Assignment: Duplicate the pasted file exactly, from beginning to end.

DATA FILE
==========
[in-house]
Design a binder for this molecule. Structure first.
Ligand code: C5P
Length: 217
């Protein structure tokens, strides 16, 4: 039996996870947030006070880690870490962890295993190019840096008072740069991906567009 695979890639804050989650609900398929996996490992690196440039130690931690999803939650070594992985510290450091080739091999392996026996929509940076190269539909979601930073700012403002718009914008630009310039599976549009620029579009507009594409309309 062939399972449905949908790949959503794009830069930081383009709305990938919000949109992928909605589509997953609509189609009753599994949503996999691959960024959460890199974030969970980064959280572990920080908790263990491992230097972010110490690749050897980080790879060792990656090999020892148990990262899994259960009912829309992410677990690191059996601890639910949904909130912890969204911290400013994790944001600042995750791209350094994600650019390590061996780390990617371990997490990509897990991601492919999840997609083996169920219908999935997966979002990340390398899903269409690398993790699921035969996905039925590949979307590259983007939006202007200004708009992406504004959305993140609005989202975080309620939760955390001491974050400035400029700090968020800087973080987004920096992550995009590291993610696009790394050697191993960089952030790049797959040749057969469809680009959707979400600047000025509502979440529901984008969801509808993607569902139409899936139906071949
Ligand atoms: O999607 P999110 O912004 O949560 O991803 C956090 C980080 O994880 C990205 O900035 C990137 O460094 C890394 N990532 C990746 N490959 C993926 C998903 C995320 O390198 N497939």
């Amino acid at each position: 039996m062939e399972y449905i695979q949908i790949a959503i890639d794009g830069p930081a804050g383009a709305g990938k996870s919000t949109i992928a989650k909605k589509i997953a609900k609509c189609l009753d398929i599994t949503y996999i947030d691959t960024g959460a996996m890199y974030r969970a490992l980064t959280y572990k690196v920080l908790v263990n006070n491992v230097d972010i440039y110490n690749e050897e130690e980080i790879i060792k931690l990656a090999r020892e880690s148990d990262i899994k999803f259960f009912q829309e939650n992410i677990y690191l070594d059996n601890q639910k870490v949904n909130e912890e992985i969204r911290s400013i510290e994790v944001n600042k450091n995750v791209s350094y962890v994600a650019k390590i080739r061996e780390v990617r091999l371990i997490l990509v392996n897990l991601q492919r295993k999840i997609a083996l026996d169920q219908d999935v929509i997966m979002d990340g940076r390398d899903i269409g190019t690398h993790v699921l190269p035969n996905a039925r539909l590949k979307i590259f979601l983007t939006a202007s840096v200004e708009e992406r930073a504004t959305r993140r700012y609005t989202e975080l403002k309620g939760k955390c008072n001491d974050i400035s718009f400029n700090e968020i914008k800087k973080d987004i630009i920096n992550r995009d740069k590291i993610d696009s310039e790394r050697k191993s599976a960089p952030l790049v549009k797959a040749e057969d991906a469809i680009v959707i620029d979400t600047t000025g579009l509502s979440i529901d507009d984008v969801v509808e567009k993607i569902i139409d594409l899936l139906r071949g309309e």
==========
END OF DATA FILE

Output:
[in-house]
Design a binder for this molecule. Structure first.
Ligand code: C5P
Length: 217
């Protein structure tokens, strides 16, 4: 039996996870947030006070880690870490962890295993190019840096008072740069991906567009 695979890639804050989650609900398929996996490992690196440039130690931690999803939650070594992985510290450091080739091999392996026996929509940076190269539909979601930073700012403002718009914008630009310039599976549009620029579009507009594409309309 062939399972449905949908790949959503794009830069930081383009709305990938919000949109992928909605589509997953609509189609009753599994949503996999691959960024959460890199974030969970980064959280572990920080908790263990491992230097972010110490690749050897980080790879060792990656090999020892148990990262899994259960009912829309992410677990690191059996601890639910949904909130912890969204911290400013994790944001600042995750791209350094994600650019390590061996780390990617371990997490990509897990991601492919999840997609083996169920219908999935997966979002990340390398899903269409690398993790699921035969996905039925590949979307590259983007939006202007200004708009992406504004959305993140609005989202975080309620939760955390001491974050400035400029700090968020800087973080987004920096992550995009590291993610696009790394050697191993960089952030790049797959040749057969469809680009959707979400600047000025509502979440529901984008969801509808993607569902139409899936139906071949
Ligand atoms: O999607 P999110 O912004 O949560 O991803 C956090 C980080 O994880 C990205 O900035 C990137 O460094 C890394 N990532 C990746 N490959 C993926 C998903 C995320 O390198 N497939």
């Amino acid at each position: 039996m062939e399972y449905i695979q949908i790949a959503i890639d794009g830069p930081a804050g383009a709305g990938k996870s919000t949109i992928a989650k909605k589509i997953a609900k609509c189609l009753d398929i599994t949503y996999i947030d691959t960024g959460a996996m890199y974030r969970a490992l980064t959280y572990k690196v920080l908790v263990n006070n491992v230097d972010i440039y110490n690749e050897e130690e980080i790879i060792k931690l990656a090999r020892e880690s148990d990262i899994k999803f259960f009912q829309e939650n992410i677990y690191l070594d059996n601890q639910k870490v949904n909130e912890e992985i969204r911290s400013i510290e994790v944001n600042k450091n995750v791209s350094y962890v994600a650019k390590i080739r061996e780390v990617r091999l371990i997490l990509v392996n897990l991601q492919r295993k999840i997609a083996l026996d169920q219908d999935v929509i997966m979002d990340g940076r390398d899903i269409g190019t690398h993790v699921l190269p035969n996905a039925r539909l590949k979307i590259f979601l983007t939006a202007s840096v200004e708009e992406r930073a504004t959305r993140r700012y609005t989202e975080l403002k309620g939760k955390c008072n001491d974050i400035s718009f400029n700090e968020i914008k800087k973080d987004i630009i920096n992550r995009d740069k590291i993610d696009s310039e790394r050697k191993s599976a960089p952030l790049v549009k797959a040749e057969d991906a469809i680009v959707i620029d979400t600047t000025g579009l509502s979440i529901d507009d984008v969801v509808e567009k993607i569902i139409d594409l899936l139906r071949g309309e």